When we force children to show affection to family members and friends without prejudice, we teach them they do not own their bodies. When we tell teenaged girls, “Dress the way you want to be addressed”, we are telling them other people’s perceptions of them are the most important thing. We have many ways of making each other less than human, stripping away rights and dignity. We find ways to blame one another for any violation experienced, conditioned by and continuing the perpetuation of rape culture.

Rape culture is prevalent in our environment and allows people to believe there is something women and girls can do to prevent sexual assault. We can dress differently, travel in groups, ensure we are always accompanied by men, refrain from consuming alcohol, get home before dark and ignore our own sexuality. Even further, we can purchase a number of products like special underwear that only we can remove and nail polish that detects date rape drugs in our drinks. The onus is continuously put on us, women and girls to protect ourselves by being less visible and investing in products specifically designed for us. As if this is not enough to bear, our law does not recognise us as full people after we marry.

According to the Sexual Offences Act, once married, women are no longer entitled to (not) give consent to their husbands and are expected to engage in sexual activity whether we would like to or not. The Act says we cannot be raped and, by marrying us, men have unlimited rights to access our bodies.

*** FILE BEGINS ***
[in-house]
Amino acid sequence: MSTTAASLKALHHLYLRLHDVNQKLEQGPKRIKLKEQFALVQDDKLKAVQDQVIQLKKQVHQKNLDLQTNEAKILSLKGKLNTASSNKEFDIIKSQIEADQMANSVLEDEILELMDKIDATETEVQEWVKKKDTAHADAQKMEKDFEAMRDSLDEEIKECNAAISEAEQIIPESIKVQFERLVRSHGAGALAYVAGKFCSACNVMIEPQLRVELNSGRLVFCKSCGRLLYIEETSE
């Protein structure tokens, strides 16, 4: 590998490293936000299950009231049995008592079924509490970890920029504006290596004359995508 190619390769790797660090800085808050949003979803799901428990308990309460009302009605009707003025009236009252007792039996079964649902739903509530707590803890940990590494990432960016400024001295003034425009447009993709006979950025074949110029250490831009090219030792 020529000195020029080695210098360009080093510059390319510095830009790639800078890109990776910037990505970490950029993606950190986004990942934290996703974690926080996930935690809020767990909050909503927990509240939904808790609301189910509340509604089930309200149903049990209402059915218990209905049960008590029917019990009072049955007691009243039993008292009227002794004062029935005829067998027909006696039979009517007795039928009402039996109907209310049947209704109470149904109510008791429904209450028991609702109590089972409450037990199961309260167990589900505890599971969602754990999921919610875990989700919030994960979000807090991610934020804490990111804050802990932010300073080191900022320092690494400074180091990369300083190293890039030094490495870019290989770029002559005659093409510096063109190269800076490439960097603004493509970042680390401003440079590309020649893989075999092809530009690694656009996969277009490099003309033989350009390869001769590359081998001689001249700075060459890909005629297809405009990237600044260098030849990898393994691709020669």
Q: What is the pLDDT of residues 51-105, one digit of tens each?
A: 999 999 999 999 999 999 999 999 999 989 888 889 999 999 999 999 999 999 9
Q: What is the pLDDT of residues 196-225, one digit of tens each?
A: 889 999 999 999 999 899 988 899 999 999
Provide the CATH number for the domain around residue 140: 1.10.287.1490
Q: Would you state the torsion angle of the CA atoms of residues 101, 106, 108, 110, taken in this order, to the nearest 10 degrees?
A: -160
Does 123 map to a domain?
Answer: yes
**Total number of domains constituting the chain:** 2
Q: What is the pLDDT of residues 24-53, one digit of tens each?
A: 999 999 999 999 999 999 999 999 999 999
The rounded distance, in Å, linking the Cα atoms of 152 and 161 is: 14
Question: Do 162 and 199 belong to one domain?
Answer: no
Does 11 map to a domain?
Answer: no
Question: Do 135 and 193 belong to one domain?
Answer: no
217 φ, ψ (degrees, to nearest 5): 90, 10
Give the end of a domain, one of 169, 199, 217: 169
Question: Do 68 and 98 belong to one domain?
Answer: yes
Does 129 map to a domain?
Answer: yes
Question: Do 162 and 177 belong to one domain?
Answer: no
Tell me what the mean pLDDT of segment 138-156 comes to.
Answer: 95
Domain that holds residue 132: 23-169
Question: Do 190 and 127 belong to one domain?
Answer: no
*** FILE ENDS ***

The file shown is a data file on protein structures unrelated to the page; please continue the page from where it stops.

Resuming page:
What if this were the case for murder? If a man owns his wife’s body to the extent he can penetrate her vagina without her consent, what is to keep him from thinking he can kill her without consequence? If we stick to the “two become one” argument, we set ourselves down a slippery slope. Married women can vote, but not say “no” to sex and have the right to press charges if her husband rapes her. Married women are human beings in some ways, but property in others.

There is no reason for women to be denied the right to choose what to do with their bodies, in marriage or otherwise. The narrative of false accusations is completely baseless at best and foolish at worst. If we create legislation and policies based on potential for misuse, we would likely be forced to go without. Anarchy, anyone?

People talk about the great fear of the lying woman. Won’t married women lie on their husbands, just because?

People sometimes lie — not women; people. Cases sometimes go to court and the defendants are innocent. Sometimes it is difficult to prove the crime. We see this happen every day. This is the reason for courts, judges and juries. It is the reason evidence is required. The justice system has its issues, but so do society, the church and the institution of marriage. Are we really satisfied to doom married women to live as the property of their husbands, able to be lawfully violated? Are we happy to have even ten women suffer in silence, with no legal recourse, because one might lie on her husband? Do we really believe men are entitled to sex on demand when they marry a woman?